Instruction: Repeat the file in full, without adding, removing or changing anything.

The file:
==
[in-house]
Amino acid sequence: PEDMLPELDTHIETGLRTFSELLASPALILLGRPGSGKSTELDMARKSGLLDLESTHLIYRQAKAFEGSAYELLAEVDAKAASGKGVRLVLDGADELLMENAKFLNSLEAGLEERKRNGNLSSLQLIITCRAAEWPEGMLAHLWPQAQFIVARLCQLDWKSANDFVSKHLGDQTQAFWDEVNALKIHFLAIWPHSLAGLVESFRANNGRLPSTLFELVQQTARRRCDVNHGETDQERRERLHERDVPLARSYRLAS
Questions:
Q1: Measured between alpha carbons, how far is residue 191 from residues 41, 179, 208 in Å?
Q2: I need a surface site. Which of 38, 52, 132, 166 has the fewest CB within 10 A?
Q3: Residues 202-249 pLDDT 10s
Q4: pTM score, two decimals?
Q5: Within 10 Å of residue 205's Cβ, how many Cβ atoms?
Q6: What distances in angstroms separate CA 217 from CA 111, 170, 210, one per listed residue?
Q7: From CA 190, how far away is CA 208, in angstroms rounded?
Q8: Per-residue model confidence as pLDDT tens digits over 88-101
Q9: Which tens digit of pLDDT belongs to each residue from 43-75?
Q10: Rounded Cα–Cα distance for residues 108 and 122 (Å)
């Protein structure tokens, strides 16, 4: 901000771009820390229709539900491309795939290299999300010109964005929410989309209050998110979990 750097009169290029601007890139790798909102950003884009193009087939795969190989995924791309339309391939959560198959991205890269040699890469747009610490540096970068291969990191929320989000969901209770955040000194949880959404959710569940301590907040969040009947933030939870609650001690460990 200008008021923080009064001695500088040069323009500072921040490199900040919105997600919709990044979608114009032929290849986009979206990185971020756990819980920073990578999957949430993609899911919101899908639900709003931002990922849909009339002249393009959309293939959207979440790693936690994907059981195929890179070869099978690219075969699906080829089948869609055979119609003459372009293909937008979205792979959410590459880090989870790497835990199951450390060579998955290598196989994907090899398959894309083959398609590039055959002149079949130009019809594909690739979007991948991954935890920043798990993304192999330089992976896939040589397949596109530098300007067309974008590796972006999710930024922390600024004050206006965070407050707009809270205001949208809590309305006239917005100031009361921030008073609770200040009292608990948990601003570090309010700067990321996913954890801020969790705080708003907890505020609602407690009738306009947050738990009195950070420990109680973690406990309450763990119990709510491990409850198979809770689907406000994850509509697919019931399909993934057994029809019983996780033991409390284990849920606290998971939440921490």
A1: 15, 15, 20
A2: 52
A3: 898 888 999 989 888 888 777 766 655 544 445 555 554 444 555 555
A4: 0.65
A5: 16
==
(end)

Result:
[in-house]
Amino acid sequence: PEDMLPELDTHIETGLRTFSELLASPALILLGRPGSGKSTELDMARKSGLLDLESTHLIYRQAKAFEGSAYELLAEVDAKAASGKGVRLVLDGADELLMENAKFLNSLEAGLEERKRNGNLSSLQLIITCRAAEWPEGMLAHLWPQAQFIVARLCQLDWKSANDFVSKHLGDQTQAFWDEVNALKIHFLAIWPHSLAGLVESFRANNGRLPSTLFELVQQTARRRCDVNHGETDQERRERLHERDVPLARSYRLAS
Questions:
Q1: Measured between alpha carbons, how far is residue 191 from residues 41, 179, 208 in Å?
Q2: I need a surface site. Which of 38, 52, 132, 166 has the fewest CB within 10 A?
Q3: Residues 202-249 pLDDT 10s
Q4: pTM score, two decimals?
Q5: Within 10 Å of residue 205's Cβ, how many Cβ atoms?
Q6: What distances in angstroms separate CA 217 from CA 111, 170, 210, one per listed residue?
Q7: From CA 190, how far away is CA 208, in angstroms rounded?
Q8: Per-residue model confidence as pLDDT tens digits over 88-101
Q9: Which tens digit of pLDDT belongs to each residue from 43-75?
Q10: Rounded Cα–Cα distance for residues 108 and 122 (Å)
């Protein structure tokens, strides 16, 4: 901000771009820390229709539900491309795939290299999300010109964005929410989309209050998110979990 750097009169290029601007890139790798909102950003884009193009087939795969190989995924791309339309391939959560198959991205890269040699890469747009610490540096970068291969990191929320989000969901209770955040000194949880959404959710569940301590907040969040009947933030939870609650001690460990 200008008021923080009064001695500088040069323009500072921040490199900040919105997600919709990044979608114009032929290849986009979206990185971020756990819980920073990578999957949430993609899911919101899908639900709003931002990922849909009339002249393009959309293939959207979440790693936690994907059981195929890179070869099978690219075969699906080829089948869609055979119609003459372009293909937008979205792979959410590459880090989870790497835990199951450390060579998955290598196989994907090899398959894309083959398609590039055959002149079949130009019809594909690739979007991948991954935890920043798990993304192999330089992976896939040589397949596109530098300007067309974008590796972006999710930024922390600024004050206006965070407050707009809270205001949208809590309305006239917005100031009361921030008073609770200040009292608990948990601003570090309010700067990321996913954890801020969790705080708003907890505020609602407690009738306009947050738990009195950070420990109680973690406990309450763990119990709510491990409850198979809770689907406000994850509509697919019931399909993934057994029809019983996780033991409390284990849920606290998971939440921490």
A1: 15, 15, 20
A2: 52
A3: 898 888 999 989 888 888 777 766 655 544 445 555 554 444 555 555
A4: 0.65
A5: 16